Created using cutting edge biotechnology, xenobots are the world’s first living robots. They can amazingly make decisions and reproduce all on their own. These tiny living machines made out of frog cells duplicate themselves by collecting resources from the environment, with their offspring going on to do the same. The species of frog the cells are taken from is called the African clawed frog or Xenopus laevis, hence the name xenobots.
“Most people think of robots as made of metals and ceramics but it’s not so much what a robot is made from but what it does, which is act on its own on behalf of people,” said Josh Bongard, a computer science and robotics expert who is the lead author of the study detailing this creation. “In that way it’s a robot but it’s also clearly an organism made from genetically unmodified frog cell.”
How are they created?
Researchers collaborating from a number of universities created this technology by taking skin stem cells from frog embryos. These structures meshed themselves together into small spheres of around 4,000 to 6,000 cells, coming together to create one xenobot.
From the spheres, a cellular extension called a cilia grows. This structure acts as a motor for the biological robots to propel themselves around their environment. While the organisms are moving around, they collect stem cells from the environment. It is when around 50 cells have been gathered that a second generation of xenobots can assemble and move just like their parents. This type of movement-created reproduction, named kinematic self-replication, is a first in living cells.
Refining the bots using AI
The report, published in Proceedings of the National Academy of Sciences, describes how their AI algorithm was used to prolong the number of generations the xenobots survived for. The program predicted the most efficient shape for collecting parts to be a “C” shape, kind of like an open-mouthed Pac-Mac. The researchers took this advice and edited the cells so they assembled in this manner, resulting in an increase in the number of generations from two to four.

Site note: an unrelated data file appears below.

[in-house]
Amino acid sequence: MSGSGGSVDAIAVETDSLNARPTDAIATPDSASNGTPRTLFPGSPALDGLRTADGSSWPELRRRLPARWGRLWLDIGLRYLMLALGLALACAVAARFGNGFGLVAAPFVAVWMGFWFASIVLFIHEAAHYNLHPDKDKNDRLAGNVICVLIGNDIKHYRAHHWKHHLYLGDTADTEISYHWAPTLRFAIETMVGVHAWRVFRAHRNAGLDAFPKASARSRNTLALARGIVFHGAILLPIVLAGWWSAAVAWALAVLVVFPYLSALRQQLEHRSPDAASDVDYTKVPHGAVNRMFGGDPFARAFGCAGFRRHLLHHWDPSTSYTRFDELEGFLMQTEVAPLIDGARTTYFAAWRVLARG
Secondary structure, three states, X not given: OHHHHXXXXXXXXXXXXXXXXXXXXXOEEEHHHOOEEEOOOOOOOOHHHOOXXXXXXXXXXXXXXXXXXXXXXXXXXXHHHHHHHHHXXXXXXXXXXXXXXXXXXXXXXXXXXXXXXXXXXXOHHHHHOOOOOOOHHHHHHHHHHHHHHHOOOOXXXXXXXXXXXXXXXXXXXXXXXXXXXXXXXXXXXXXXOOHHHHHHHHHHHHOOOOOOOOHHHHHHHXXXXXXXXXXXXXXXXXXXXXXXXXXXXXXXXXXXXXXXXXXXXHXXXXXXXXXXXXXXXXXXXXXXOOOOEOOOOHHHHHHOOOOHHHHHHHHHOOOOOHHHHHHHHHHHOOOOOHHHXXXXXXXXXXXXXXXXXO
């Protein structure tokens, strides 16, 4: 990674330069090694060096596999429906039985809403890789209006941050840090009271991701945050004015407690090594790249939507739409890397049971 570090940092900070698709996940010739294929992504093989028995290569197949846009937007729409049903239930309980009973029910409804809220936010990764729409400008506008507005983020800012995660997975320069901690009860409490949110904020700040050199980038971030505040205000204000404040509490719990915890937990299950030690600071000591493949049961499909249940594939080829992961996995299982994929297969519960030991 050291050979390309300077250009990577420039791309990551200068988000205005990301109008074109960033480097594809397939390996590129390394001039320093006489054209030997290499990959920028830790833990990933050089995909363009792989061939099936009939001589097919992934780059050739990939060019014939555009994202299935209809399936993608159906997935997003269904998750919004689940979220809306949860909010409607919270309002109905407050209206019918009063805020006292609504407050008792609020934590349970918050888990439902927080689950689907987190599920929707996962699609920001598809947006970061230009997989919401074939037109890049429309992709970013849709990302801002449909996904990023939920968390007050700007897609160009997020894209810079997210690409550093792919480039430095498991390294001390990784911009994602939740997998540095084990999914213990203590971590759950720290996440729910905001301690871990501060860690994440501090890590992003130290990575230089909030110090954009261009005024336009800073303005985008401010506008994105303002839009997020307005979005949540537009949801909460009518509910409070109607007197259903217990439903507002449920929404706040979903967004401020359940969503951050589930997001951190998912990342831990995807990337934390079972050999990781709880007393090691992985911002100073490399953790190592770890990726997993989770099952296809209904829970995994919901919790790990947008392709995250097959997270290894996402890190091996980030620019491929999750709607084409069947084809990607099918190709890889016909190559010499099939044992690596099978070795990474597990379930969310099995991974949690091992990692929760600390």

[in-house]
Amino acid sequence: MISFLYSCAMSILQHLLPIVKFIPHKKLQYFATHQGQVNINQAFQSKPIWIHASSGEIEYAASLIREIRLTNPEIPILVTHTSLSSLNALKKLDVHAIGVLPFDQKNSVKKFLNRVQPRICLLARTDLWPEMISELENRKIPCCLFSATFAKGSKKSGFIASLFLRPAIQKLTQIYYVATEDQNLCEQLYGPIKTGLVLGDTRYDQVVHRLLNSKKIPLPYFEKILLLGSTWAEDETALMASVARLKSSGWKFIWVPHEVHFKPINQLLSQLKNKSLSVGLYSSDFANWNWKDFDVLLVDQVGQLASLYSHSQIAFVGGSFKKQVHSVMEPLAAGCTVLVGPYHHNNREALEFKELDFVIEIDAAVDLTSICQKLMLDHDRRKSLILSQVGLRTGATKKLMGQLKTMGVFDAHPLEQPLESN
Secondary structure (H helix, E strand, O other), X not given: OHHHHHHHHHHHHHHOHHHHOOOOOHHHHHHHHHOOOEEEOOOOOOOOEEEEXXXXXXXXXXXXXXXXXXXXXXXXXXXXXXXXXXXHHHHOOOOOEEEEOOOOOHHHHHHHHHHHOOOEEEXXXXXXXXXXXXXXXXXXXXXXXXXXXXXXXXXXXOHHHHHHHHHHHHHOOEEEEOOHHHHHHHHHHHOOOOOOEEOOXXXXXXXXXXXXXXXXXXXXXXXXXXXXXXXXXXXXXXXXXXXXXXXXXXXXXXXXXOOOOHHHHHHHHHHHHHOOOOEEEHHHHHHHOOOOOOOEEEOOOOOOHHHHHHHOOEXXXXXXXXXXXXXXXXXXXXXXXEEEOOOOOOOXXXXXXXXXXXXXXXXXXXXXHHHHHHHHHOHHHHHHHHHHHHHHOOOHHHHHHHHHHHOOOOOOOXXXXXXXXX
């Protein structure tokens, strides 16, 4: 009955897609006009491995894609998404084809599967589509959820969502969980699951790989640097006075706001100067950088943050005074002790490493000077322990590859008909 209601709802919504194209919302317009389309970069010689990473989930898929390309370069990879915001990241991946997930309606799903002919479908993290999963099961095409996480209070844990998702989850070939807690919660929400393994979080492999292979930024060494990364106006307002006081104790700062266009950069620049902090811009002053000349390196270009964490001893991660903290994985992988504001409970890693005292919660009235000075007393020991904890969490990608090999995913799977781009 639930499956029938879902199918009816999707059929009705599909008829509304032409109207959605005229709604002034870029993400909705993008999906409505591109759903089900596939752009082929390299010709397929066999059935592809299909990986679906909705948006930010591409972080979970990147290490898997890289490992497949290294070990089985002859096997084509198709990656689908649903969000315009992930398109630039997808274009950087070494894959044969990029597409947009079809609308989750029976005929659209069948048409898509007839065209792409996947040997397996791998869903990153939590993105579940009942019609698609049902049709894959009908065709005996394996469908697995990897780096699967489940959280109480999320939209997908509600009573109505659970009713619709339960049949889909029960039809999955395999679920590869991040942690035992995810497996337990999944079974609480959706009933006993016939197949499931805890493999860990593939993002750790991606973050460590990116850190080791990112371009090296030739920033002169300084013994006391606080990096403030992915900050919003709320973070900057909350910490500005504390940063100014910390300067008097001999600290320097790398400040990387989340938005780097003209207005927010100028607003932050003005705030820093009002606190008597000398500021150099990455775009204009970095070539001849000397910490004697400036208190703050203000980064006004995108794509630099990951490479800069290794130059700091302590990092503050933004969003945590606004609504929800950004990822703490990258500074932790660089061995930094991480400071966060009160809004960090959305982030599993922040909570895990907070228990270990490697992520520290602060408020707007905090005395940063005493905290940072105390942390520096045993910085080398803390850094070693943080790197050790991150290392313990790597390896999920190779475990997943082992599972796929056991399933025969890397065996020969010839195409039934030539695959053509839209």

Why is this so exciting?
The microscopic size of this invention could forward medical science in many ways. “The fact that they were able to do this at such a small scale just makes it even better, because you can start to imagine biomedical application areas,” said Kirstin Petersen, a researcher in the group. Xenobots could possibly be used in delivering therapeutics to specific spots in the body, sculpting tissues for implantation, and many more applications we cannot even imagine yet.
Machines that are self-perpetuating are a step toward systems that humans do not need to operate, a mind blowing concept with numerous potential applications. The technology breakthrough discovery is at the very early stages of its development, so we have plenty of time to figure out the best way of implementing it in society.
Source study: Proceedings of the National Academy of Sciences – Kinematic self-replication in reconfigurable organisms